The Trump administration rejected a federal mask requirement to protect transit workers

The Trump administration rejected a federal mask requirement to protect transit workersOctober 5, 2020

Throughout the pandemic, essential workers have been on the frontlines of the virus keeping American society functioning. That includes transportation workers, who have continued to shuttle millions of people around American cities in close quarters on buses and trains. Recently, a group of labor unions brought forth a petition to seek more protection for transportation workers amid the spread of coronavirus, asking for a federal mask requirement for passengers. But last week, the Trump administration refused to back such an order, a move Democratic presidential candidate Joe Biden described as “appalling.”

Concerns of public transportation workers surrounding the coronavirus are not unfounded. In New York, the coronavirus worker death toll among Metropolitan Transportation Authority workers reached 123 by May, with subway crews among the hardest hit. In Philadelphia, a Southeastern Pennsylvania Transportation Authority bus driver died of coronavirus following union claims that not enough was being done to protect workers during the pandemic.

In a letter to the Transportation Trades Department of the AFL-CIO labor federation, Stephen G. Bradbury, the general counsel and acting deputy secretary of the Department of Transportation, wrote that while the DOT “shares the concerns expressed in the petition … most state, local, and private sector transportation entities have adopted policies requiring face mask usage. The [DOT] also embraces the notion that there should be no more regulations than necessary.”

Bradbury’s letter came on the same day that President Trump, first lady Melania Trump, and at least three U.S. senators all announced that they had tested positive for coronavirus. In a statement, Transportation Trades Department President Larry Willis said, “It is unfathomable that in the midst of a global pandemic which has killed more than 209,000 Americans, and left millions more sick and potentially facing lifelong side effects — including the president of the United States — that the U.S. Department of Transportation would outright reject such a simple, science-backed, lifesaving measure. The DOT’s decision is heartbreaking, and in light of yesterday’s news, frankly, shocking.”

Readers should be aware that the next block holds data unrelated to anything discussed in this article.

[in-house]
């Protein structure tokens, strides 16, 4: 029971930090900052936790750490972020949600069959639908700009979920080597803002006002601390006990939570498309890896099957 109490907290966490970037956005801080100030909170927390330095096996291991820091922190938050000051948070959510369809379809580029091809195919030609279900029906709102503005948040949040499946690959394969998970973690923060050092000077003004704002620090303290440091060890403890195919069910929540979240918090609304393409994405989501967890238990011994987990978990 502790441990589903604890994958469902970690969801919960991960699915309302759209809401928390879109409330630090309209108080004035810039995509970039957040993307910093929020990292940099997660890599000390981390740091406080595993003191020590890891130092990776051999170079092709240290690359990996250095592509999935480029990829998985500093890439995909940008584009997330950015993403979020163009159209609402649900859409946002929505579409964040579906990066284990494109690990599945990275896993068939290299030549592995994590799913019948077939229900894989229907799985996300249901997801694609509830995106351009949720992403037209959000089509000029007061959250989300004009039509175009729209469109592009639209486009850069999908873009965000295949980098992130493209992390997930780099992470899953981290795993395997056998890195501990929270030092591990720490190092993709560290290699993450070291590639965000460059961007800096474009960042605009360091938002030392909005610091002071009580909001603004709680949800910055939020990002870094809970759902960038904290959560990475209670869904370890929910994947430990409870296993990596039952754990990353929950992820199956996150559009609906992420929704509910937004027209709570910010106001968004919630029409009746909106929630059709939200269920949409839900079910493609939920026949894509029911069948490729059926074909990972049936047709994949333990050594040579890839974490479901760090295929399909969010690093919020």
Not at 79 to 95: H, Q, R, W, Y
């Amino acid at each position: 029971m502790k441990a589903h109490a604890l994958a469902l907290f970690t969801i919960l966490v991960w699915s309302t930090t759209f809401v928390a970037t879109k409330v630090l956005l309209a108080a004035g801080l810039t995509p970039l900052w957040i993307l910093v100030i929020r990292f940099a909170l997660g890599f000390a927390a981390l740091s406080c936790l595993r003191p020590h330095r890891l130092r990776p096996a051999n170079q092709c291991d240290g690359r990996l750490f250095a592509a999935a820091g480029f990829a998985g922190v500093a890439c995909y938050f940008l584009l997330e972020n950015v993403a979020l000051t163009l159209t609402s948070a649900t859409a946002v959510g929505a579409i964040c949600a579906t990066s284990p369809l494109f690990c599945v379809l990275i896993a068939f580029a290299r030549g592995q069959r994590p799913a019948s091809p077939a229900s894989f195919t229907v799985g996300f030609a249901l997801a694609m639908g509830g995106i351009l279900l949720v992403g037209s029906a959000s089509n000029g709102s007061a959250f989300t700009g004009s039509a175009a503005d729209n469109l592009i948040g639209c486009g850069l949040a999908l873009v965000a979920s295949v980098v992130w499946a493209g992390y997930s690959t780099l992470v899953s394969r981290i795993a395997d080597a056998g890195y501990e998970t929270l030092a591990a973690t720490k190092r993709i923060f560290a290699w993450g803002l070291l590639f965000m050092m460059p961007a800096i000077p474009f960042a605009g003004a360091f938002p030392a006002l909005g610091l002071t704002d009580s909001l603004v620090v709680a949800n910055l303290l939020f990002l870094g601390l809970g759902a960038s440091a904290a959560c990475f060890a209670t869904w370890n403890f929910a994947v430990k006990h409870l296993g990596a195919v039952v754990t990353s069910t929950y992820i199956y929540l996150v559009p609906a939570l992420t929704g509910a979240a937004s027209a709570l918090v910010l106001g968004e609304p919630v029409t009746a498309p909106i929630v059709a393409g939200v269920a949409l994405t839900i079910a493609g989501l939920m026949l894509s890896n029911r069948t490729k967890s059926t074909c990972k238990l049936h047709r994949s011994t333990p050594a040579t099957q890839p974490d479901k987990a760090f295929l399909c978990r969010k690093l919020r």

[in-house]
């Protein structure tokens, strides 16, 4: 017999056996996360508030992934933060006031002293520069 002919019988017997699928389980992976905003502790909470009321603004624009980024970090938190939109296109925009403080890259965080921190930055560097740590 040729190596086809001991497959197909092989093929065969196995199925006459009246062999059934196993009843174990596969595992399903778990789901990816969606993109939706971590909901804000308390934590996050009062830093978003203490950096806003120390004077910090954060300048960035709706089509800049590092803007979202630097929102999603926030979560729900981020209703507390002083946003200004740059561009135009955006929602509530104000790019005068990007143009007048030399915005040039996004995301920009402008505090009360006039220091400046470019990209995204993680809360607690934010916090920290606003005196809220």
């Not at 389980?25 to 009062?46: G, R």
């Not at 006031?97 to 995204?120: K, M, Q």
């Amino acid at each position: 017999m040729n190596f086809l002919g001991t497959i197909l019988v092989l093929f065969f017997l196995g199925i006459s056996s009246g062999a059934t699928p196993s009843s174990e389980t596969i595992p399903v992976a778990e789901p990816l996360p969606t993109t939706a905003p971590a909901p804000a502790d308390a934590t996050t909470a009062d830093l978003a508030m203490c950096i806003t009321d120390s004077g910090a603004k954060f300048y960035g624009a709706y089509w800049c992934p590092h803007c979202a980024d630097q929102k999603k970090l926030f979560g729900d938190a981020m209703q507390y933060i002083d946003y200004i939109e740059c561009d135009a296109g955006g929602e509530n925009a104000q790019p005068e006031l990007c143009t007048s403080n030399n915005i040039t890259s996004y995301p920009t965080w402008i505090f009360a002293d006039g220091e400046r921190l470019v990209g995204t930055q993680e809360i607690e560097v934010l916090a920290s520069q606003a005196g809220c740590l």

It is true that a number of agencies have developed their own mask requirements. However, it’s not hard to understand why transportation workers would prefer a clear federal standard. As Willis noted, “A federal commercial passenger and public transportation mask mandate would have offered an additional layer of protection not only for these workers, but the passengers they serve.”

Unfortunately, the DOT’s decision was to be expected given the Trump administration’s overall anti-mask agenda. It’s also in line with the administration’s failures to protect essential workers. As Trump and other Republicans pushed states to “re-open” ahead of medical advice, many front-line workers were forced to choose between a paycheck and their health.

The consequences of this aren’t just limited to the individual who must return to work at a restaurant or a teacher returning to school. In his statement, Willis noted that passengers on public transportation now are often “other essential workers just trying to get to their jobs on the frontlines of the pandemic, or working families on their way to get groceries, medical appointments, or check in with loved ones.”

In stark contrast to Trump, Biden has supported wearing masks. Earlier this summer, he said every governor should issue a three-month mask mandate. And during a virtual town hall with the Amalgamated Transit Union on Saturday, Business Insider reported that Biden said the DOT had “stupidly” rejected the petition.

“You wear a mask to protect the person next to you,” Biden said. “You wear a mask to protect the bus driver. You wear a mask to protect the person you’re sitting next to on the bus. And to reject the chance to do the easiest thing possible to save lives, I find it appalling.”

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